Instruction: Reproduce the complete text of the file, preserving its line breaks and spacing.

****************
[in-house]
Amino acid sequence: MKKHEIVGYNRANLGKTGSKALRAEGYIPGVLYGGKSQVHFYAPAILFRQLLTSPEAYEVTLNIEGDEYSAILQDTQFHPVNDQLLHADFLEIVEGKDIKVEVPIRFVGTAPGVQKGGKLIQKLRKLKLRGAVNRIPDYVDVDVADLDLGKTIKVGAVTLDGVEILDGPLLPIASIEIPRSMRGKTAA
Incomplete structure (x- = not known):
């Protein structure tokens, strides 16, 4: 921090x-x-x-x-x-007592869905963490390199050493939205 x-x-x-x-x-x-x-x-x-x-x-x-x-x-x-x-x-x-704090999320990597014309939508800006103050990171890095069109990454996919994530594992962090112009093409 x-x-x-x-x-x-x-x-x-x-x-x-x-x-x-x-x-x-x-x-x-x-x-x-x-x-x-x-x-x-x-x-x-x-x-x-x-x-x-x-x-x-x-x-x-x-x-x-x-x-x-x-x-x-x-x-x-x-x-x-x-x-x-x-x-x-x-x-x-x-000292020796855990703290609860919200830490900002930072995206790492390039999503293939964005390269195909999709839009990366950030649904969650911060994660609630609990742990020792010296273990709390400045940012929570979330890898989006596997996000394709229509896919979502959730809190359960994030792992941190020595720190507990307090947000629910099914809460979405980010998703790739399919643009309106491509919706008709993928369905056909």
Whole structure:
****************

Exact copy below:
[in-house]
Amino acid sequence: MKKHEIVGYNRANLGKTGSKALRAEGYIPGVLYGGKSQVHFYAPAILFRQLLTSPEAYEVTLNIEGDEYSAILQDTQFHPVNDQLLHADFLEIVEGKDIKVEVPIRFVGTAPGVQKGGKLIQKLRKLKLRGAVNRIPDYVDVDVADLDLGKTIKVGAVTLDGVEILDGPLLPIASIEIPRSMRGKTAA
Incomplete structure (x- = not known):
């Protein structure tokens, strides 16, 4: 921090x-x-x-x-x-007592869905963490390199050493939205 x-x-x-x-x-x-x-x-x-x-x-x-x-x-x-x-x-x-704090999320990597014309939508800006103050990171890095069109990454996919994530594992962090112009093409 x-x-x-x-x-x-x-x-x-x-x-x-x-x-x-x-x-x-x-x-x-x-x-x-x-x-x-x-x-x-x-x-x-x-x-x-x-x-x-x-x-x-x-x-x-x-x-x-x-x-x-x-x-x-x-x-x-x-x-x-x-x-x-x-x-x-x-x-x-x-000292020796855990703290609860919200830490900002930072995206790492390039999503293939964005390269195909999709839009990366950030649904969650911060994660609630609990742990020792010296273990709390400045940012929570979330890898989006596997996000394709229509896919979502959730809190359960994030792992941190020595720190507990307090947000629910099914809460979405980010998703790739399919643009309106491509919706008709993928369905056909």
Whole structure: